asked the Chief Secretary for Ireland whether he can state under what statute a man named James Mullooly, of Corskagh, near Strokestown, county Eoscommon, was granted an allotment, had a house built on it for him, and was supplied with money to purchase stock by the Estates Commissioners, on the townland of Doonard, purchased from the trustees of Plunkett Taafe; whether he is aware that James Mullooly in 1885 owed about £40 to Messrs. McHugh and Company, of Strokestown, for shop goods supplied, and was decreed for the amount due, and there being nothing moveable to seize upon the decree was converted into a judgment, and under this judgment Mullooly's interest in his farm was put up for sale to satisfy the debt, and was bought in by Messrs. McHugh and Company; whether it is the custom of the Estates Commissioners to grant allotments to persons who have been evicted at the suit of creditors other than landlords; and, if so, can he state how many have been so granted allotments during 1906, 1907. and 1908?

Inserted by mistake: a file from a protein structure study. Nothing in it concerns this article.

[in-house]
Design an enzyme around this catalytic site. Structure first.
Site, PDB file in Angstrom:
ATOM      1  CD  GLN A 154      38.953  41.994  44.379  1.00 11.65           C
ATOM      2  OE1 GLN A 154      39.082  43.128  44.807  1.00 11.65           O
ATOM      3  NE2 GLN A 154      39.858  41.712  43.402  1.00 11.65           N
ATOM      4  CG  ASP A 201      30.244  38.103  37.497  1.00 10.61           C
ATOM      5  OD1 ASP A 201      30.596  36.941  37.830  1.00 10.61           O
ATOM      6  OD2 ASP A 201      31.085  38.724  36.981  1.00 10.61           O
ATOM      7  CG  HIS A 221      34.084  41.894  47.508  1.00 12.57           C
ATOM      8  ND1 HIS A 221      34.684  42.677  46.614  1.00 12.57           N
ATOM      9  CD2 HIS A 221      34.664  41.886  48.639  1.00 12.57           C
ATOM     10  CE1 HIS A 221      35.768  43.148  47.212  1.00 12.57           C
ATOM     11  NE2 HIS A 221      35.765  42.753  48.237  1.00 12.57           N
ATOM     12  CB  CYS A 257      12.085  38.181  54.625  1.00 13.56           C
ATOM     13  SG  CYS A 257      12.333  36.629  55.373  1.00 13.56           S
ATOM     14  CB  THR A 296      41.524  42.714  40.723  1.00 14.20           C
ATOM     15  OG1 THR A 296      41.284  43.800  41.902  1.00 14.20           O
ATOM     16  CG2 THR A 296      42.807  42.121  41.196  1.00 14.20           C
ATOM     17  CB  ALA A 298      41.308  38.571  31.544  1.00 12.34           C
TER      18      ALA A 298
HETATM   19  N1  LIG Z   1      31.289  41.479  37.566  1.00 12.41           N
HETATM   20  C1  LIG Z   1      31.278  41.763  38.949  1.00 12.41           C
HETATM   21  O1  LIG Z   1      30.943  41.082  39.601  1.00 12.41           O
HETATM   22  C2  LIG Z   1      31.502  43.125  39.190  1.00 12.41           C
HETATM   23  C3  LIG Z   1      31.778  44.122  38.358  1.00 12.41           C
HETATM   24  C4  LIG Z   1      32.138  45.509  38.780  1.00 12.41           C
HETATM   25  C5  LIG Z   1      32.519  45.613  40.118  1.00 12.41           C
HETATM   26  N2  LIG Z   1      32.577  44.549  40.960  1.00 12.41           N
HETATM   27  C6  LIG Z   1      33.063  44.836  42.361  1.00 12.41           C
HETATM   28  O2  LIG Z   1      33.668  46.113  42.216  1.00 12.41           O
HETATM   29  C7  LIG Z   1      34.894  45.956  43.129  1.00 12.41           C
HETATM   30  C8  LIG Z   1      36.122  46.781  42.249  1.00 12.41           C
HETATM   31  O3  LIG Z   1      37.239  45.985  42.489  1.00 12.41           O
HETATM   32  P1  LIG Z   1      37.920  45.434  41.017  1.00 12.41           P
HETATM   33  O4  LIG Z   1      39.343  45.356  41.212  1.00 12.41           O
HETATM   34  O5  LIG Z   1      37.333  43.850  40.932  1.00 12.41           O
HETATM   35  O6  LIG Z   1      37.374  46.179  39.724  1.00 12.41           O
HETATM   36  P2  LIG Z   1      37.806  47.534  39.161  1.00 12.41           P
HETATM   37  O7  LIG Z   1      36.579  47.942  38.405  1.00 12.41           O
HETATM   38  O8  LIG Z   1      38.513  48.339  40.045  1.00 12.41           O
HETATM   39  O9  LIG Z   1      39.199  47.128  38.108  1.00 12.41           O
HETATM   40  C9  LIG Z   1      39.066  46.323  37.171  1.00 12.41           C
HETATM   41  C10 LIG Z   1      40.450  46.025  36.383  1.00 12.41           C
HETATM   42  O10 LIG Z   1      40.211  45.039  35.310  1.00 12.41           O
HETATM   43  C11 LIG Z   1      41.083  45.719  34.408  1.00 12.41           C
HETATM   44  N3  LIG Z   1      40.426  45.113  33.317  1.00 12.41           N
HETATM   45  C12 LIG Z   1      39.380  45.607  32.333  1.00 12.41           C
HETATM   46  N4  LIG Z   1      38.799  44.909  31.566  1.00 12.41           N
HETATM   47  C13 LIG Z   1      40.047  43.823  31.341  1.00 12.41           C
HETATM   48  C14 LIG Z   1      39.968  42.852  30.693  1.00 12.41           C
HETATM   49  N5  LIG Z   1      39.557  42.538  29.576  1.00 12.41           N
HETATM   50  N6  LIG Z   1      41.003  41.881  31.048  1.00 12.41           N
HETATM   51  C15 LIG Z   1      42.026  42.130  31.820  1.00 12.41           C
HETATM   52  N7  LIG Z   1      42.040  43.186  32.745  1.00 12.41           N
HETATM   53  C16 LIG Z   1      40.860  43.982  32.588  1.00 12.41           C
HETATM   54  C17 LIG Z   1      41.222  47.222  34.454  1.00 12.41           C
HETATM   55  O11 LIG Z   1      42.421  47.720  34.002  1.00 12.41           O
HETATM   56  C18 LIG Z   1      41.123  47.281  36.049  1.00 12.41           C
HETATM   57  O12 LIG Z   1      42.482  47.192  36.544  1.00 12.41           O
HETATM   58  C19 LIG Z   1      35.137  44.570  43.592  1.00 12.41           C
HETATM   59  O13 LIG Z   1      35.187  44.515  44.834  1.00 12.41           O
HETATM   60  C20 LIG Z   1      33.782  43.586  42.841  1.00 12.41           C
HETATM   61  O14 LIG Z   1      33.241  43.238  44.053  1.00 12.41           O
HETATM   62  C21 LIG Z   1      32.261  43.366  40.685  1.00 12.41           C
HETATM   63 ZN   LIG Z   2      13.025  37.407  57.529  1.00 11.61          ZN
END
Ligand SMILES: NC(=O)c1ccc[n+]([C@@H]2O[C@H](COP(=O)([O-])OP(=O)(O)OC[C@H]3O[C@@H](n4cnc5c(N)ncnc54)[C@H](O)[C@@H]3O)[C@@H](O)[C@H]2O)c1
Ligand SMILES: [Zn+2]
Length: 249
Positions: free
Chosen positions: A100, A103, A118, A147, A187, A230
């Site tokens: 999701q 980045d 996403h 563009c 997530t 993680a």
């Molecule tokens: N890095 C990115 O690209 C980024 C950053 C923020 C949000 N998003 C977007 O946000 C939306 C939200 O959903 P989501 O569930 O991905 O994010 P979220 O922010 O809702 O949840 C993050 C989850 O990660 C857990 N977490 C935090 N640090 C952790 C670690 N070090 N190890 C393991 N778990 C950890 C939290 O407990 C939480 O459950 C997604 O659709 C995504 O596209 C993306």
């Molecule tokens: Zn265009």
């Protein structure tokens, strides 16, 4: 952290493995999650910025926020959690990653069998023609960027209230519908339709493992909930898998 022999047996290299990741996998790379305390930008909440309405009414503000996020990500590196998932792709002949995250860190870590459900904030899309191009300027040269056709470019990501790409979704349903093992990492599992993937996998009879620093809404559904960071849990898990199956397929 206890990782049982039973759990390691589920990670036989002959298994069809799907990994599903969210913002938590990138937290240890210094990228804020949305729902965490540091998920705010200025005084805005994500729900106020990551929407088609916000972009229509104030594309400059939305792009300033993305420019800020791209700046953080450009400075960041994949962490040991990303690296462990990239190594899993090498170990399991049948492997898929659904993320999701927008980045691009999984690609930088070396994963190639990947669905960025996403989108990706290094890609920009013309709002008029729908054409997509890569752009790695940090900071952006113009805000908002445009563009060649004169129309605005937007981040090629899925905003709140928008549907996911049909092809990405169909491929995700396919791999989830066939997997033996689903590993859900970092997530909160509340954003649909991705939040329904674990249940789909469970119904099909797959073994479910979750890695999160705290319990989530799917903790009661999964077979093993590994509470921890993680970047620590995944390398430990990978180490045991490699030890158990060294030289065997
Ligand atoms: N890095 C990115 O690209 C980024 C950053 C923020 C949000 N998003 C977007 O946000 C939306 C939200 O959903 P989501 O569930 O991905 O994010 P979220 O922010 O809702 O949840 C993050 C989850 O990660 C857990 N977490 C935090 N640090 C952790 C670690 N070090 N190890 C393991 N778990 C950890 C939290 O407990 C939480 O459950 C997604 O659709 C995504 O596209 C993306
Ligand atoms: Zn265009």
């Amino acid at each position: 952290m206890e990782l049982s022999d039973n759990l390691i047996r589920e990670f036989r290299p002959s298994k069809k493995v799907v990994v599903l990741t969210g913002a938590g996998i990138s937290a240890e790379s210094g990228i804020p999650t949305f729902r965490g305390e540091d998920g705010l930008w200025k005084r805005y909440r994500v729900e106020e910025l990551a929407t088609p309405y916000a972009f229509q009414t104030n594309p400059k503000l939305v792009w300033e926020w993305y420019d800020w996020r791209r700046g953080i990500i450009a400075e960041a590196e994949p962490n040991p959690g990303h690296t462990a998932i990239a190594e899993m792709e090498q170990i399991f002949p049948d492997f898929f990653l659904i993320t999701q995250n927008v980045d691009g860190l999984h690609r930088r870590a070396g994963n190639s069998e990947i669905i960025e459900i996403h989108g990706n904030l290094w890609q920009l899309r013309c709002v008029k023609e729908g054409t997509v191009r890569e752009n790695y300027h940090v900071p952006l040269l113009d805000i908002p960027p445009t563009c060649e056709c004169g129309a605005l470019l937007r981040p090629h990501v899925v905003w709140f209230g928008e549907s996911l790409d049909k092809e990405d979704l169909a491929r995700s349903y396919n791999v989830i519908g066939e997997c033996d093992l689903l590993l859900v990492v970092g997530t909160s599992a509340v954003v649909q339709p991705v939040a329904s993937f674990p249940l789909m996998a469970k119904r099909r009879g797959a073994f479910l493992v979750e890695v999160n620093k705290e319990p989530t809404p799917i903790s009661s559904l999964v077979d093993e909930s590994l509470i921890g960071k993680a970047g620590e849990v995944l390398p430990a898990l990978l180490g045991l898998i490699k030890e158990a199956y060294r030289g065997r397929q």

§ Mr. BIRRELL
The Estates Commissioners inform me that James Mullooly was provided with a holding on the Taaffe estate by them under section 2 (1) (d) of the Act of 1903, which does not lay down any restrictions as to the causes or circumstances under which a person became dispossessed of a holding. It is not the practice of the Commissioners to allot holdings to persons evicted by creditors other than landlords for debt, but they have done so in cases in which in the exercise of their discretion they thought it proper to do so. They cannot give the number of such cases. The estate on which Mullooly was provided with a holding was not acquired under the Evicted Tenants Act, 1907, but under section 6 of the Irish Land Act, 1903.